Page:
Times-Union (Albany), January 27, 2008: A Learning Curve
By RICK DALTON and JOHN MILLS
First published: Sunday, January 27, 2008
The of Ticonderoga have a lot going for them that other places may envy. Their halls are safe. Their children are part of a small community that keeps an eye on them as they grow up.
But they’re also being hammered by poverty.
Nearly one out of every two students in the town’s school system qualifies for free, or reduced cost, lunch. Just 20 years ago, that figure was at 12 percent.
Ticonderoga, a town of 5,100 on the shores of Lake Champlain, struggles every day with something more and more rural communities are forced to confront: a surging tide of poverty that threatens to keep those students from ever attaining a college education.
This tide is eroding what communities expect of their children, and hope for their futures. It’s keeping them from college not so much because they can’t afford it, but because they can’t imagine it.
And while we don’t know how to fix poverty, our organization, College For Every Student, has developed a proven track record of how to overcome its effects.
In recent months, a growing chorus has expressed concern about the rising costs of attending college, and the threat this poses to accessibility. Congressional legislation is on the horizon to cut college costs. Harvard University and several other schools recently have announced changes to their financial aid policies to make a college education more affordable. These are important steps, and we know from our work with school districts across the country how expensive a college education can seem.
For many rural children, though, tuition is just the final hurdle they face on the road to college. Drug use, dropping in cities, is increasing in rural areas around the country. Teen pregnancy and sexually transmitted diseases also are on the rise. The common denominator these areas share is poverty: Of the nation’s 250 most impoverished counties, 244 are rural.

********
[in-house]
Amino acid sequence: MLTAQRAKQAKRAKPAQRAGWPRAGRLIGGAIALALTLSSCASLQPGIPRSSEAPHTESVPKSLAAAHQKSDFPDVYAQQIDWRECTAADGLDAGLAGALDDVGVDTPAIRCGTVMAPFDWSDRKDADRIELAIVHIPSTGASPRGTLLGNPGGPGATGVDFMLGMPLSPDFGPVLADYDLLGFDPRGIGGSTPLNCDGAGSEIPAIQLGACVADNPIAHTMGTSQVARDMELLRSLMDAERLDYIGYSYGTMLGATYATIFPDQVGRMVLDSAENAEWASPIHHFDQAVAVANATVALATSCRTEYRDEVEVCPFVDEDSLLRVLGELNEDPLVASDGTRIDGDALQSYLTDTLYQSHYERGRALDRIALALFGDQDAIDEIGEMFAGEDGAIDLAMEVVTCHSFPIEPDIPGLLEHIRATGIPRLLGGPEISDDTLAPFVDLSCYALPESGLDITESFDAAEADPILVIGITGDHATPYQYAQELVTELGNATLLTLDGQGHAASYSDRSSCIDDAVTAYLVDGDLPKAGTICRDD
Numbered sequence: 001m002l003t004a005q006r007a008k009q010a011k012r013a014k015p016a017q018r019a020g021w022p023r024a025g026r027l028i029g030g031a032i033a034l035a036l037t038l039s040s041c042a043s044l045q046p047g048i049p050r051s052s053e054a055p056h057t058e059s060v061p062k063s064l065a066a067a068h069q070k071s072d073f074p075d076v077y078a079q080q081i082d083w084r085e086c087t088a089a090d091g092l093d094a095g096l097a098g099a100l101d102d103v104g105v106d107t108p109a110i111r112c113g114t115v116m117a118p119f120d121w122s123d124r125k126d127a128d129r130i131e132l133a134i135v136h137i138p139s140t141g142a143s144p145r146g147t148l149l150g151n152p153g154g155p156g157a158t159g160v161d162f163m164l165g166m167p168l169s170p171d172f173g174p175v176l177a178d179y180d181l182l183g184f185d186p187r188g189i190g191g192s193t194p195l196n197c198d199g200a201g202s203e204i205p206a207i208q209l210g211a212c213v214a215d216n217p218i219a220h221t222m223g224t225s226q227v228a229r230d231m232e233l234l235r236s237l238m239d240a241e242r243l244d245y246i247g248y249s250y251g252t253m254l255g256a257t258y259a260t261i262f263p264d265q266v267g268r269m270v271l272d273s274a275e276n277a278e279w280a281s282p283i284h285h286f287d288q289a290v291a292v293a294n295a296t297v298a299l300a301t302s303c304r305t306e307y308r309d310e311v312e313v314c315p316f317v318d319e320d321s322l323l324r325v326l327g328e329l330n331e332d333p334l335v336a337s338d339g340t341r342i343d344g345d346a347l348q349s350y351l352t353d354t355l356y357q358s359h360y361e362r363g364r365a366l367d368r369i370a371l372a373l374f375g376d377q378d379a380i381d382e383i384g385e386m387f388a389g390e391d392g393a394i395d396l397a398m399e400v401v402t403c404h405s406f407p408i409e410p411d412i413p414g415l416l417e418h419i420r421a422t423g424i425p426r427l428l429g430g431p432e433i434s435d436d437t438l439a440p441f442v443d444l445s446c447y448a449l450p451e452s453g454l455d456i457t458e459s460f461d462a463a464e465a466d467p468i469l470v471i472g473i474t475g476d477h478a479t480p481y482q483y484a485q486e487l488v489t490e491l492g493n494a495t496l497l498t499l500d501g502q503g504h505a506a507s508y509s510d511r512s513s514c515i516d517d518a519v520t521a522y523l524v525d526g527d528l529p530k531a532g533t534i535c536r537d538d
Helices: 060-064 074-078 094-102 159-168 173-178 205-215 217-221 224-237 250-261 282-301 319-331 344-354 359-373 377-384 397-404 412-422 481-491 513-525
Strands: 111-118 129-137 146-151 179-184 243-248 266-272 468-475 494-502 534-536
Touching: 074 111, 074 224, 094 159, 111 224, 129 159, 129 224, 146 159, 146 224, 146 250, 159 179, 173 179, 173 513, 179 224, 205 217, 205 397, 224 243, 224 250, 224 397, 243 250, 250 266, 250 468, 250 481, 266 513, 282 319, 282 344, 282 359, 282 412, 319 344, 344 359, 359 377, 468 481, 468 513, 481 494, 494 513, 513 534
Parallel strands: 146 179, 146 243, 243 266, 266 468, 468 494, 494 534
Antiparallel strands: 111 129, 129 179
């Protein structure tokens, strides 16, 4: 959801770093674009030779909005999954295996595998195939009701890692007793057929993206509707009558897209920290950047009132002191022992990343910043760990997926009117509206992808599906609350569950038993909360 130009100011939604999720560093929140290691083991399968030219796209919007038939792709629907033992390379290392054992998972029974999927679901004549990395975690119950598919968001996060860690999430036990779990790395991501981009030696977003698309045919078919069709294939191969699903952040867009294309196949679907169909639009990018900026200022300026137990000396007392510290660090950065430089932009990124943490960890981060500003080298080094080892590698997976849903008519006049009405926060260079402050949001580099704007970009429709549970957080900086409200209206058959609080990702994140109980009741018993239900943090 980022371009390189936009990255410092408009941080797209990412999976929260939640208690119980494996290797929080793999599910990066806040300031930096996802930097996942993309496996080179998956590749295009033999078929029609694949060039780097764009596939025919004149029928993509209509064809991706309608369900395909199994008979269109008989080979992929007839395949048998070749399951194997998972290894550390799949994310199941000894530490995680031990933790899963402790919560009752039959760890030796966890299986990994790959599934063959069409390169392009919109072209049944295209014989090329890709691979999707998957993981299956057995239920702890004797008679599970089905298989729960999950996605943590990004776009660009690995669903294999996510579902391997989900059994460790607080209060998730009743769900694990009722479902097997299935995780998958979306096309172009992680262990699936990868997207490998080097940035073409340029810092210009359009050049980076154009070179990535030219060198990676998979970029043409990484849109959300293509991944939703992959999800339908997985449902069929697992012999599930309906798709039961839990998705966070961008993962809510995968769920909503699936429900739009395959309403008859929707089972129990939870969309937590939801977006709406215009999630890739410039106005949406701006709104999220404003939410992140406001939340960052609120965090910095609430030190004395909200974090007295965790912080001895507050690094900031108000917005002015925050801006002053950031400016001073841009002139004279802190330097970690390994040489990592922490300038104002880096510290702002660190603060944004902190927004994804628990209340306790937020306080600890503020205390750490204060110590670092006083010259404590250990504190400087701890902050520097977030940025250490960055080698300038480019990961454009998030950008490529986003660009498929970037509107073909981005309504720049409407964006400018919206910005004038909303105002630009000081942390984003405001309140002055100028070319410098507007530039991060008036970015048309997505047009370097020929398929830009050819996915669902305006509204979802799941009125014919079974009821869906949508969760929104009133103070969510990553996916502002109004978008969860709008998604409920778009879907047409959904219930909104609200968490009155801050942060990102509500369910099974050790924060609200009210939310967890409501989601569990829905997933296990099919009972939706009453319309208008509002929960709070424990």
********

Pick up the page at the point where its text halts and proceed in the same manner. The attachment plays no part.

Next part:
The key to developing rural communities is to develop the people who live in them. It all starts with education — and all of us must get started.
At College for Every Student, we form working partnerships between rural schools and colleges that introduce children from kindergarten through 12th grade to the possibilities that higher education can bring. In Ticonderoga, and throughout the Adirondacks, students and instructors from Paul Smith’s College mentor younger students, coach them on community service projects, make regular appearances in their schools and, perhaps most importantly, bring high schoolers to campus to expose them to worlds they have never seen before.
Results tell us these measures work. Last year, College for Every Student worked with 15,000 students across the country. Almost all of those students come from low-income families who have never sent anyone to college. Many attend rural schools.